Photonic crystals: Growth, characterization and non-linear optical effects
MetadataShow full item record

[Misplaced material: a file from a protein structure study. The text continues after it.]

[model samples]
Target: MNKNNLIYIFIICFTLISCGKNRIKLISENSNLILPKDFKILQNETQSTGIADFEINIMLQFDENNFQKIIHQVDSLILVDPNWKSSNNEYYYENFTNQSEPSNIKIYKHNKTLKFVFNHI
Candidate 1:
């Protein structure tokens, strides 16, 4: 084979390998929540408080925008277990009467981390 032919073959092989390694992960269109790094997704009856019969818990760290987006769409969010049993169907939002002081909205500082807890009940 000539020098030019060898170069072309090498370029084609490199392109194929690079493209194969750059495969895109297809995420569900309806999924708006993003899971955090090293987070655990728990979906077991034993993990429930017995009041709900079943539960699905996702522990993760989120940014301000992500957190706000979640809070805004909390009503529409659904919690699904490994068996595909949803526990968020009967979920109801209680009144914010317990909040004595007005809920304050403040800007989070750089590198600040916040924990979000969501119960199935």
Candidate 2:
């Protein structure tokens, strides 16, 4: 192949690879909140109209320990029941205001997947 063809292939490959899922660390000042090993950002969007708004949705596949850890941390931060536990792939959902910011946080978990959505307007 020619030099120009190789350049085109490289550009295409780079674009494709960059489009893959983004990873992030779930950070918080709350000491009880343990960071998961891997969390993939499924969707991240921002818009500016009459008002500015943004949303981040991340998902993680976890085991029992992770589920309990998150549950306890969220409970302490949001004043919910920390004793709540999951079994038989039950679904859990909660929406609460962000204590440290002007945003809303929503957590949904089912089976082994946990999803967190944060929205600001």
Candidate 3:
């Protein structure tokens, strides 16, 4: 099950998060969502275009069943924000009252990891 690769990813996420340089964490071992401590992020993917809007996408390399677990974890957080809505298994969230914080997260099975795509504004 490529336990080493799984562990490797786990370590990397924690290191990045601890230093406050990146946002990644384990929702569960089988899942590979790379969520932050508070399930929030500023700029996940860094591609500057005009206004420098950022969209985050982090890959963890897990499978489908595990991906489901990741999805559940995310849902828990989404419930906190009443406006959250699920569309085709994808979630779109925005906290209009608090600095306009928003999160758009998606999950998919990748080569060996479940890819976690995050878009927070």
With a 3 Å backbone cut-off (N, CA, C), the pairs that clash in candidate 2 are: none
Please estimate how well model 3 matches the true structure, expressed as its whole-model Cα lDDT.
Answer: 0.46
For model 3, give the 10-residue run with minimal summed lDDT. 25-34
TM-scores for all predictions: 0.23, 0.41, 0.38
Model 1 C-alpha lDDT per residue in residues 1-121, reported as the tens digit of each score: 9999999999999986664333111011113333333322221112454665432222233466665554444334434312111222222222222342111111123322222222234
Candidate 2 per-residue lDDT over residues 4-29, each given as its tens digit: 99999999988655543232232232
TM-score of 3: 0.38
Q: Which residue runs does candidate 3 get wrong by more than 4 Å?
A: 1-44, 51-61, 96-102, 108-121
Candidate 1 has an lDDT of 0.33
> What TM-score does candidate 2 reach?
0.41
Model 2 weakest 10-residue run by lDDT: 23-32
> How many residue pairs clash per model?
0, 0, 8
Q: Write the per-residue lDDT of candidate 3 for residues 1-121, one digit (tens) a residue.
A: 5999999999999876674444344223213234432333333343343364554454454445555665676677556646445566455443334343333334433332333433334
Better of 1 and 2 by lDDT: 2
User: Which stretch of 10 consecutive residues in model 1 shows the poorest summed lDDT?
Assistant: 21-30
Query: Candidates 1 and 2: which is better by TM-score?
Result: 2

Photonic band gap materials (or photonic crystals) are periodic dielectric structures with periodicities comparable to the wavelength of light. They offer promising solutions to various scientific and technological challenges. The work in this thesis is focused on fabrication and characterization techniques for photonic crystals and the study of linear and nonlinear optical phenomena in these periodic structures. A brief theoretical background of photonic band gap materials is provided in chapter 1. Chapter 2 describes a method for the fabrication of highly ordered photonic crystals by using self-assembly of colloids of dielectric spheres. In this chapter, the conditions that increase the level of perfection and the factors that give better control over the crystallization process are investigated and their theoretical interpretations are discussed. Also infiltration of a high refractive index material (GaP) into the crystals is investigated. Methods for generation of third harmonics in two different photonic crystal media are presented in chapter 3. In the first case, observation of a highly enhanced one-step, third-harmonic generation in three dimensional photonic crystals formed by close-packed polystyrene spheres in a face centered cubic arrangement, is presented. A near infrared laser beam, with a wavelength range of 1300nm-1900nm, is used as the pump source. In the second case, a strong enhancement of one-step third-harmonic generation in a one dimensional photonic crystal is presented. In this case, a near infrared laser beam is tuned to the low frequency edge of the band gap of a photonic crystal prepared from polymer dispersed liquid crystals by holographic lithography. Chapter 4 presents the results of linear and nonlinear optical studies in photonic crystal alloys which are formed by various compositions of polystyrene and polymethlymethacrylate colloidal spheres of the same size. Linear transmittance and reflectance measurements as well as third-harmonic generation experiments were conducted in these photonic crystal alloys. The observed experimental result is fitted to a calculated plot by assuming an effective dielectric constant for the colloidal spheres. In chapter 5, another promising method of fabrication of photonic crystals, holographic lithography, is described. A procedure and optimum growth parameters for the fabrication of fcc-like photonic crystals are presented. Summary and future plans related to the work in this thesis are given in the conclusions and future work section.